Morocco is a frontline state in America's war against Aqim, the North African branch of al-Qaeda. Aqim claimed credit for bombing the U.S. Embassy in Bamako, Mali. It kidnapped drivers on the Paris-Dakar road race and has threatened to kidnap or kill American diplomats across all of North Africa. Aqim holds at least three European aid workers kidnapped last year from the same Tindouf refugee camp the Kennedy mission visited. With the blessing of the Algerian government, Aqim long ago took charge of the Tindouf camp and, working with Polisario, insures that its inhabitants cannot leave and that visitors are allowed in only after stringent security checks. These are the terrorists who hosted the Kennedy women and allowed them to report on the 'atrocious human rights conditions within the camp,' as Kerry Kennedy wrote in published statements once she was safely back in Washington, DC. (Gov. Cuomo has not publicly revealed his concern that Kennedy may have placed their daughter in such dire jeopardy.)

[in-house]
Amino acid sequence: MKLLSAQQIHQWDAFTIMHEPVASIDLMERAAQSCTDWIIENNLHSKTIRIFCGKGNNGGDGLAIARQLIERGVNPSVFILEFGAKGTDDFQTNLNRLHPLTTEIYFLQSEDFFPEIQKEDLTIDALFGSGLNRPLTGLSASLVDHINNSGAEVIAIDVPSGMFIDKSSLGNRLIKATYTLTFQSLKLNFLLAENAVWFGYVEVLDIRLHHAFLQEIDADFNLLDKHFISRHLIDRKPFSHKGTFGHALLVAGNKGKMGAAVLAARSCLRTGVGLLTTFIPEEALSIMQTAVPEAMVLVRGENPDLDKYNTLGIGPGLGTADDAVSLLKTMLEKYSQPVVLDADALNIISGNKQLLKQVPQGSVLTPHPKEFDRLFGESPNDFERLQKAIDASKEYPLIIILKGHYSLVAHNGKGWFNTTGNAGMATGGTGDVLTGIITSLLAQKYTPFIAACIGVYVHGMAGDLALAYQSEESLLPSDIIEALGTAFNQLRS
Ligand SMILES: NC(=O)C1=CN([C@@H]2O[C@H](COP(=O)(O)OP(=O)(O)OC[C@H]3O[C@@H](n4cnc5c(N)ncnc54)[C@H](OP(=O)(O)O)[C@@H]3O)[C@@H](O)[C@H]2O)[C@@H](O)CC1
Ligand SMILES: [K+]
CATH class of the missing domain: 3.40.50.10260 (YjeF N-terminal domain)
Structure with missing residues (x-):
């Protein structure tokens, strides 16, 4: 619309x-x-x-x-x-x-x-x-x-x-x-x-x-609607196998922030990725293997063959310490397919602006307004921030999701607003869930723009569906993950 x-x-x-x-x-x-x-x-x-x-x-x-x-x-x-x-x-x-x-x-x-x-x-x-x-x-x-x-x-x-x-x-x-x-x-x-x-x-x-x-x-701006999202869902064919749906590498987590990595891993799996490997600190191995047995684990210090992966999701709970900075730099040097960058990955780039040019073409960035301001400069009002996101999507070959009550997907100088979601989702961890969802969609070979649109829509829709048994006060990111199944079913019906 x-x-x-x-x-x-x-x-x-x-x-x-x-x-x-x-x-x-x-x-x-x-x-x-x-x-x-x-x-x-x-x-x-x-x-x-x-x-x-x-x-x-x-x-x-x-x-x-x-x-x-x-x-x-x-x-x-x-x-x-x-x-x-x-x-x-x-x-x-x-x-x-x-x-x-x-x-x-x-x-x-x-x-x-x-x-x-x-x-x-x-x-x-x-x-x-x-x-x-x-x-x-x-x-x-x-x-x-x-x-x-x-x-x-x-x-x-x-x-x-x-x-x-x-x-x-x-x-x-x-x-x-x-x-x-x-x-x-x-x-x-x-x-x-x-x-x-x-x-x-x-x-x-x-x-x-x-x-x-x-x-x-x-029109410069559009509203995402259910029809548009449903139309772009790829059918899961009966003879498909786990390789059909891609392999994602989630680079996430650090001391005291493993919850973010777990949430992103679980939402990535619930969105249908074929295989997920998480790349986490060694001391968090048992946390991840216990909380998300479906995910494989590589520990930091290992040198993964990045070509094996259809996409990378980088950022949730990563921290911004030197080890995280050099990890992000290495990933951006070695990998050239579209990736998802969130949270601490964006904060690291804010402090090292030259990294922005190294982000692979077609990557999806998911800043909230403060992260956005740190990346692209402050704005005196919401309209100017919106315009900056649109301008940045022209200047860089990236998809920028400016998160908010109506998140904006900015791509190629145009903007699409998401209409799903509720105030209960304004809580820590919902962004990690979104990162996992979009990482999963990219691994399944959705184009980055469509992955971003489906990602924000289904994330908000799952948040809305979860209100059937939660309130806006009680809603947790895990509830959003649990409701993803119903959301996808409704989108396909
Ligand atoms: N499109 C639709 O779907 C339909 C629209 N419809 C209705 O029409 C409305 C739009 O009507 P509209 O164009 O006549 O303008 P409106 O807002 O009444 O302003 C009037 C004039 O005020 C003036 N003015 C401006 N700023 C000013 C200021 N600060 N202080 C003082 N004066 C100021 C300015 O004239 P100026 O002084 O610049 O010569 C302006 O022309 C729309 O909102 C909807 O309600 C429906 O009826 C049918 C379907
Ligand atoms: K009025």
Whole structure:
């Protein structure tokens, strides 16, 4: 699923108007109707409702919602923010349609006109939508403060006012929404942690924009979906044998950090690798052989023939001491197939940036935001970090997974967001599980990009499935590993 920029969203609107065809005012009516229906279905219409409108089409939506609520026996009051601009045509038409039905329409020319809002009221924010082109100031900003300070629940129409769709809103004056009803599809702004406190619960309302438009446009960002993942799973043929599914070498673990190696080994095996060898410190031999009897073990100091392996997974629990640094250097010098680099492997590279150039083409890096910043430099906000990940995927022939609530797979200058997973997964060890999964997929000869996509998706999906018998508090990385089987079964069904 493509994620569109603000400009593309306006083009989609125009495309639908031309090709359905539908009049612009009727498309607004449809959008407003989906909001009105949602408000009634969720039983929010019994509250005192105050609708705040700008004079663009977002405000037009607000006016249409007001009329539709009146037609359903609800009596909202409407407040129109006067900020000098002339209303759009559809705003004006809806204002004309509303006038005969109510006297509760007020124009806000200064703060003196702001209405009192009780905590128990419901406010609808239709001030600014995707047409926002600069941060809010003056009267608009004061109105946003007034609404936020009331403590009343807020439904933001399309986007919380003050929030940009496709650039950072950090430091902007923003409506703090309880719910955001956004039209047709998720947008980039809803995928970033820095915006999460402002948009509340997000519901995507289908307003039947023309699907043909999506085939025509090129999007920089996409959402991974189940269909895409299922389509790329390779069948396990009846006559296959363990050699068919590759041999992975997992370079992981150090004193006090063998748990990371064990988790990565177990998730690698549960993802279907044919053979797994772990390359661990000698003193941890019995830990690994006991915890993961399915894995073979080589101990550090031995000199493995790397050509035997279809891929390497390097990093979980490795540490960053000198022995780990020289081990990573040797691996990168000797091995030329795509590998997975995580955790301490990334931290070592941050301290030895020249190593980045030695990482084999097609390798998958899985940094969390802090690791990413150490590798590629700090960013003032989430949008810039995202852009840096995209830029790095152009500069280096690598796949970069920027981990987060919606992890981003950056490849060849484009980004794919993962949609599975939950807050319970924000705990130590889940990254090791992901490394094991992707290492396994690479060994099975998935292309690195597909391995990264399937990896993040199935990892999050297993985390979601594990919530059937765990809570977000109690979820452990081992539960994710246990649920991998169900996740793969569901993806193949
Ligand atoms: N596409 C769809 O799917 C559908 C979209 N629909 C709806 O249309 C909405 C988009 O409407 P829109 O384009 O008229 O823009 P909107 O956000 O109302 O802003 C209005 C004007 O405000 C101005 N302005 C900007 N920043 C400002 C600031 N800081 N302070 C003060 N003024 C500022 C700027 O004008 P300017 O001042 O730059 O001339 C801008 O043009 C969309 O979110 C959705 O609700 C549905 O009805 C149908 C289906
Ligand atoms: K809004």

The Polisario Front has long provided weapons, training and safe haven to Aqim, according to Moroccan and international reports. Polisario fighters have joined an Aqim splinter group in raiding a large swath of Northeastern Mali. Over 200 Polisario fighters were paid $1,000 each per week to join Col. Gadaffi in his failed effort to halt the revolution in Libya.

The Polisario camps are a textbook case of human rights abuses. I know: I visited those same camps near Tindouf, Algeria in December 2010. I met with a young Sawahari artist who told me he had been tortured and repeatedly sodomized with a glass bottle in the Polisario's Rabumi prison. I met with relatives of Sidi Mouloud, who was charged with treason for telling a reporter he supported Morocco's autonomy plans as a solution to the Western Sahara standoff. Mouloud, like so many others, has disappeared into the Polisario prison system.

I recently met with Muhammad bin Abdelaziz, president of the Polisario Front. In a wide-ranging conversation, he said he admired the authoritarian policies of the Algerian government, the second-most repressive regime after Syria in the entire Arab world. If Kerry Kennedy is truly serious about human rights and seeks to alleviate the near inhuman conditions she saw in Tindouf, perhaps she would do well to look again at her hosts and bring pressure on the Polisario to alleviate this tragic situation.

Richard Miniter is an investigative journalist, author of the NY Times best seller, Leading From Behind, and other books, and a columnist for Forbes magazine.

SOURCE Richard Miniter